Oxford researchers granted almost £150,000 to help develop a novel vaccine against Meningitis B for children | Action Medical Research

Oxford researchers granted almost £150,000 to help develop a novel vaccine against Meningitis B for children

7 March 2011

Researchers in Oxford have just been awarded a grant of almost £150,000 by Action Medical Research – the leading UK-wide medical research charity dedicated to helping babies and children.

The charity has been supporting significant medical breakthroughs for nearly 60 years, and today announced its latest round of funding to top research institutes at universities and hospitals investigating conditions affecting babies and children.

In this latest round of funding, the charity has given £148,052 to the Oxford Vaccine Group, Department of Paediatrics and the Jenner Institute, Nuffield Department of Medicine, at the University of Oxford. Funding is for the pre-clinical development of a novel vaccine to prevent meningitis B infection in children.

Meningococcal bacteria are the leading cause of childhood meningitis and septicaemia in the UK, and vaccination is considered the best strategy for preventing the disease, disability and deaths associated with this infection in children. 

An estimated 5-10 per cent of people who suffer from meningococcal disease die, and up to 50 per cent of those with septicaemia (where the bacteria enter the bloodstream) will not survive.1  Those who survive the infection can be left with disabilities such as deafness and loss of limbs. 

The most common type of meningococcal bacteria in the UK is serogroup B meningococcus (MenB). Over 1,000 cases of MenB are reported every year in the UK1, but there is still no approved  MenB vaccine.1

Action Medical Research funds a total of approximately £3 million worth of research grants every year, with grant rounds in the spring and autumn.   As well as supporting project grants, the charity also awards Research Training Fellowships.

None of our work would be possible without the generosity of people who make donations, raise funds and take part in events, as well as our trust and corporate partners. Action Medical Research receives no income from the government or any other statutory source.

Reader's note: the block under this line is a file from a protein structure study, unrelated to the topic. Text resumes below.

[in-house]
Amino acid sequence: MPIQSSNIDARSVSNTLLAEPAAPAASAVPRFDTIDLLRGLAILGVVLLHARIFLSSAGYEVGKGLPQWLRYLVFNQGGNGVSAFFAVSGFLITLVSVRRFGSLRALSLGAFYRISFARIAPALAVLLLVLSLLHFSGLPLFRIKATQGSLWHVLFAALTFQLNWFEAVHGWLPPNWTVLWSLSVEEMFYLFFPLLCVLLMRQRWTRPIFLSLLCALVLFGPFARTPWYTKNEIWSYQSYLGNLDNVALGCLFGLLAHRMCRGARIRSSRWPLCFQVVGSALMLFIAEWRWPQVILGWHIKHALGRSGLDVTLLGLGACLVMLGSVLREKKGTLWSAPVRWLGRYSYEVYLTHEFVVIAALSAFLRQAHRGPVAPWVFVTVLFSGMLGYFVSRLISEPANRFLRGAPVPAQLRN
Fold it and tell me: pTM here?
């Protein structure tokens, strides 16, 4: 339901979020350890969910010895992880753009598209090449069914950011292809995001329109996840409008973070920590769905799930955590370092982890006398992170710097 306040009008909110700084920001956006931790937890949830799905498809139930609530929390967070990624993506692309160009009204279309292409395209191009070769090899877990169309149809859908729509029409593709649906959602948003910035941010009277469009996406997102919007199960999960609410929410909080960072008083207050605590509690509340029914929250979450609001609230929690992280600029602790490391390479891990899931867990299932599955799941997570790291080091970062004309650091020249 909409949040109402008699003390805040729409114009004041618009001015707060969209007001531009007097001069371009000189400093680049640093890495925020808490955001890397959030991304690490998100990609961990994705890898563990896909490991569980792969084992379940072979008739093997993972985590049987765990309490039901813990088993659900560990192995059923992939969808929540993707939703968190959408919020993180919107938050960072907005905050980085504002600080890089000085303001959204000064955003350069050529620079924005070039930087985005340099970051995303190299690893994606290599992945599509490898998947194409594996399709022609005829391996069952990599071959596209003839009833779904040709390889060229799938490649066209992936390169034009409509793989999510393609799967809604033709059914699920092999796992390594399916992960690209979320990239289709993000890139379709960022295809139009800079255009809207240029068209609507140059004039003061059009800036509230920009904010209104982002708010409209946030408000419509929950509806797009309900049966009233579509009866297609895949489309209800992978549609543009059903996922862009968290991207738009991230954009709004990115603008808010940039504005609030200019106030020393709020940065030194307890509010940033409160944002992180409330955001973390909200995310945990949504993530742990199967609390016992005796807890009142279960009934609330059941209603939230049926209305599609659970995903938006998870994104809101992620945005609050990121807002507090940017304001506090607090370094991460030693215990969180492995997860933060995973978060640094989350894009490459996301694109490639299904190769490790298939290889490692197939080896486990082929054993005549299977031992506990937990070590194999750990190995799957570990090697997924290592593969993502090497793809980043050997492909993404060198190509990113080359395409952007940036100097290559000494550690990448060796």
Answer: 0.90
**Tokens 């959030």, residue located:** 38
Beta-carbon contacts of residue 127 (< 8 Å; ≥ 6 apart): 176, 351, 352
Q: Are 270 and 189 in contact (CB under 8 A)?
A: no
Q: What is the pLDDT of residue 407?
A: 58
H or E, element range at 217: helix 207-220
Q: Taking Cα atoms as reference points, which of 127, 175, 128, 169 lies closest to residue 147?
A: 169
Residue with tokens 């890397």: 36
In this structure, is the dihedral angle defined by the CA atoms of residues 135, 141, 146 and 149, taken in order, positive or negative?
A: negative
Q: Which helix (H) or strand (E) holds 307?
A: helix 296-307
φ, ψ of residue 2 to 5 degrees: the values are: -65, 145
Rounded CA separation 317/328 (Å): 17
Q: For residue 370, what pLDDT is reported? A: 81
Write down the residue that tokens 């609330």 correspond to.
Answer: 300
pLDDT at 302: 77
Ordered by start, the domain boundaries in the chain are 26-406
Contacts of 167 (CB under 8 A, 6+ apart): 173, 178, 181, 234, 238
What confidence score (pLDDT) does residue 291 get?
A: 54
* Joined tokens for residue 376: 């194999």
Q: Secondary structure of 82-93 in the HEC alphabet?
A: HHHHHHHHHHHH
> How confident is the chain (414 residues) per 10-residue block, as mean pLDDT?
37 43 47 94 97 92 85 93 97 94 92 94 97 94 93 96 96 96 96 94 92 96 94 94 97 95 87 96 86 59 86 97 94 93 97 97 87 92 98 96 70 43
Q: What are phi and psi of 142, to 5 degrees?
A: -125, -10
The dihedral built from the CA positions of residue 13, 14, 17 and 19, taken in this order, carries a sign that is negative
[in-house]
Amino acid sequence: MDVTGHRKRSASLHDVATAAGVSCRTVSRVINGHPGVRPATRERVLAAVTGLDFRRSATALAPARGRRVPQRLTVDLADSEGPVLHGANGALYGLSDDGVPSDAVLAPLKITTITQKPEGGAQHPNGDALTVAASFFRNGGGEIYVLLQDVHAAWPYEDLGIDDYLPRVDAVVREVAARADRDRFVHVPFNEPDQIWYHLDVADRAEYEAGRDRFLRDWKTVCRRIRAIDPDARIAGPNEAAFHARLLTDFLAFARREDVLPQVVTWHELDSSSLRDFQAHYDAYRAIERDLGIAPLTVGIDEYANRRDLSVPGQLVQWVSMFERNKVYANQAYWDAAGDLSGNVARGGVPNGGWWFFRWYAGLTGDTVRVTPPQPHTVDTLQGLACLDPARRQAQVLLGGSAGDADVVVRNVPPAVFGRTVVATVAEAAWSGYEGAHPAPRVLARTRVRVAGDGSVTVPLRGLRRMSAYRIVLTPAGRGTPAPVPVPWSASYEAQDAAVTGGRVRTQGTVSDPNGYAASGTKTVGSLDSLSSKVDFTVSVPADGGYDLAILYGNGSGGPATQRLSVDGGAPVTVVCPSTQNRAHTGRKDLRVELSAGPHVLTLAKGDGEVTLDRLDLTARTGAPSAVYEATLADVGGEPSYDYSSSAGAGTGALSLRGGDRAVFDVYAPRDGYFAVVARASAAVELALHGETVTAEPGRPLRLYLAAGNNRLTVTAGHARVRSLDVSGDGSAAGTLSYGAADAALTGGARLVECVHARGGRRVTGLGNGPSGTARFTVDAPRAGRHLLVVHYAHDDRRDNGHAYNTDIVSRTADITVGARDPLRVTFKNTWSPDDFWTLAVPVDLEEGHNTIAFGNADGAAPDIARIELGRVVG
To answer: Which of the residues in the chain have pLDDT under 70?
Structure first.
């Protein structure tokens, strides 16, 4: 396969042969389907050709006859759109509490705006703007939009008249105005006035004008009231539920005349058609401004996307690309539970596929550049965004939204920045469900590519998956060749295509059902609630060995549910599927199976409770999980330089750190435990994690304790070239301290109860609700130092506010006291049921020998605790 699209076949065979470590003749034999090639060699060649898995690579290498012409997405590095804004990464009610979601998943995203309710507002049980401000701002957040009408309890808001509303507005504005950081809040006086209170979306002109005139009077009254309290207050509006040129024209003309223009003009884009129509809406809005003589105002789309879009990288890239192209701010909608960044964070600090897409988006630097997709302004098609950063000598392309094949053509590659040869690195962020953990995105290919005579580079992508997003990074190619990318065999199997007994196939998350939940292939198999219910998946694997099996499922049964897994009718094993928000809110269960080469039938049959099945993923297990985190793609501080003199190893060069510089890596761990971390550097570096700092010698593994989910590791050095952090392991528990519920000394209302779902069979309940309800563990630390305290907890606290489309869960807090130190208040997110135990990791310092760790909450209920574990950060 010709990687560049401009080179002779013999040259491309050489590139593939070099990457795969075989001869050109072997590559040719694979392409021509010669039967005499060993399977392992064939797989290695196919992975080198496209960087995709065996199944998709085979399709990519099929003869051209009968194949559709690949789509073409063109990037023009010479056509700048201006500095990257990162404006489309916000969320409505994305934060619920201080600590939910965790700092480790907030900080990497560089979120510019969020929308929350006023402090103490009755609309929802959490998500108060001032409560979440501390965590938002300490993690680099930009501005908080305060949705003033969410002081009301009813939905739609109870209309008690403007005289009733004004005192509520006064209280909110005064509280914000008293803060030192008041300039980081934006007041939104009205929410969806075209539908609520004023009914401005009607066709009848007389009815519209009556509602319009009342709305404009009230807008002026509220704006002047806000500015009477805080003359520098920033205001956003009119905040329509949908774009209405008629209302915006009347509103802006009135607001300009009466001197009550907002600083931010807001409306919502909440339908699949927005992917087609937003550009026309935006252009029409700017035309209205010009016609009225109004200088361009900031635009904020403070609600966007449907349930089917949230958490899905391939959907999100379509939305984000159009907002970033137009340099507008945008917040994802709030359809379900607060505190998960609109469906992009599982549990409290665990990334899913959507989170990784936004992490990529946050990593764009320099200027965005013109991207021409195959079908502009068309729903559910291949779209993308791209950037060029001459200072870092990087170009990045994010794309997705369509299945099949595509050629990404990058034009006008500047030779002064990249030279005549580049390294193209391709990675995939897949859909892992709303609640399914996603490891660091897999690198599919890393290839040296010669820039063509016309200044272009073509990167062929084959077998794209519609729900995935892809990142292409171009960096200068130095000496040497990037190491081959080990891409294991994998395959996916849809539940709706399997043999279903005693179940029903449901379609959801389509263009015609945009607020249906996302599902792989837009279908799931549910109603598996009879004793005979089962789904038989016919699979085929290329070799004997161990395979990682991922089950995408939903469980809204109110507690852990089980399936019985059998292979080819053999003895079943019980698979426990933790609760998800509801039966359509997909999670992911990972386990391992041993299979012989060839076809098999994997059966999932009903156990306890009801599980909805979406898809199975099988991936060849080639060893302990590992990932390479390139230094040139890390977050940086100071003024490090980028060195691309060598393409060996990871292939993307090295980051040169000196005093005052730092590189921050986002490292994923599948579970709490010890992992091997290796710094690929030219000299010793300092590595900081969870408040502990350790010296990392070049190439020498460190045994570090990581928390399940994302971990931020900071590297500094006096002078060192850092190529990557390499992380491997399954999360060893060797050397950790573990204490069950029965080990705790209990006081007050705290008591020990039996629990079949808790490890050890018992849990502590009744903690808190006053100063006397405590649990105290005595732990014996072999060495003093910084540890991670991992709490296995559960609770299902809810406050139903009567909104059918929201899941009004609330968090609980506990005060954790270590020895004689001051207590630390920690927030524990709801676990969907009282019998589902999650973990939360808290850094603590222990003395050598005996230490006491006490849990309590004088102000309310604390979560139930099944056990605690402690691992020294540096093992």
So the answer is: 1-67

Dr Alexandra Dedman, Senior Research Evaluation Manager said: “At Action Medical Research we are determined to stop the suffering of babies and children caused by disease and disability, and meningitis is a truly devastating disease. We know that medical research can save and change children’s lives. The charity finds and funds some of the best medical research in the world for the benefit of babies, children and young people.

“Our gold standard scientific review process ensures that we only fund the best doctors and researchers in children’s hospitals, specialist units and universities across the UK and we are delighted to announce our latest grant awards.”

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NOTES TO EDITORS:

For further information please contact:

Claudine Powell, Communications Manager

T: 01403 327478

E: cpowell@action.org.uk

W: action.org.uk

Action Medical Researchis the leading UK-wide medical research charity dedicated to helping babies and children. We know that medical research can save and change children’s lives. For nearly 60 years we have been instrumental in significant medical breakthroughs, including the development of the UK polio vaccine and ultrasound scanning in pregnancy.

Today, we continue to find and fund the very best medical research to help stop the suffering of babies and children caused by disease and disability. We want to make a difference in:

  • tackling premature birth and treating sick and vulnerable babies
  • helping children affected by disability, disabling conditions and infections
  • targeting rare diseases that together severely affect many forgotten children.

References

1.Health Protection Agency. Meningococcal infection factsheet. http://www.hpa.org.uk/Topics/InfectiousDiseases/InfectionsAZ/MeningococcalDisease/GeneralInformation/meninMeningococcalfactsheet/ Website accessed 4 February 2011.

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